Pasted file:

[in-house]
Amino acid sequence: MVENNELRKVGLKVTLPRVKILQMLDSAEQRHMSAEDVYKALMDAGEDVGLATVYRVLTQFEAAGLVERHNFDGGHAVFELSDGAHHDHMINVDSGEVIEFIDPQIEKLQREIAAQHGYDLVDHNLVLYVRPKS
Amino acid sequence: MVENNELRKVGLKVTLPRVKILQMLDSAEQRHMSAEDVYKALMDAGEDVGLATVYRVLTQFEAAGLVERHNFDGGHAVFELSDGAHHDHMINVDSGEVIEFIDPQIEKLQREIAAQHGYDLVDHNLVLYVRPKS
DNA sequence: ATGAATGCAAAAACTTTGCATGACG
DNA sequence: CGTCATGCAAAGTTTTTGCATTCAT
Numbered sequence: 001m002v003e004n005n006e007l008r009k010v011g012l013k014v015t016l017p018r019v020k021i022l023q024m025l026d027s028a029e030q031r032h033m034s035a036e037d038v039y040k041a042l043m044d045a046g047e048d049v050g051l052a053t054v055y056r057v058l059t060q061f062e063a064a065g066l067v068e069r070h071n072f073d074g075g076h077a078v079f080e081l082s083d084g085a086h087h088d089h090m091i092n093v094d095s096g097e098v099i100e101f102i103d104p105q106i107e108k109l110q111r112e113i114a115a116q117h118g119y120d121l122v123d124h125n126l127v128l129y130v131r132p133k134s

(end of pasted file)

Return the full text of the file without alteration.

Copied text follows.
[in-house]
Amino acid sequence: MVENNELRKVGLKVTLPRVKILQMLDSAEQRHMSAEDVYKALMDAGEDVGLATVYRVLTQFEAAGLVERHNFDGGHAVFELSDGAHHDHMINVDSGEVIEFIDPQIEKLQREIAAQHGYDLVDHNLVLYVRPKS
Amino acid sequence: MVENNELRKVGLKVTLPRVKILQMLDSAEQRHMSAEDVYKALMDAGEDVGLATVYRVLTQFEAAGLVERHNFDGGHAVFELSDGAHHDHMINVDSGEVIEFIDPQIEKLQREIAAQHGYDLVDHNLVLYVRPKS
DNA sequence: ATGAATGCAAAAACTTTGCATGACG
DNA sequence: CGTCATGCAAAGTTTTTGCATTCAT
Numbered sequence: 001m002v003e004n005n006e007l008r009k010v011g012l013k014v015t016l017p018r019v020k021i022l023q024m025l026d027s028a029e030q031r032h033m034s035a036e037d038v039y040k041a042l043m044d045a046g047e048d049v050g051l052a053t054v055y056r057v058l059t060q061f062e063a064a065g066l067v068e069r070h071n072f073d074g075g076h077a078v079f080e081l082s083d084g085a086h087h088d089h090m091i092n093v094d095s096g097e098v099i100e101f102i103d104p105q106i107e108k109l110q111r112e113i114a115a116q117h118g119y120d121l122v123d124h125n126l127v128l129y130v131r132p133k134s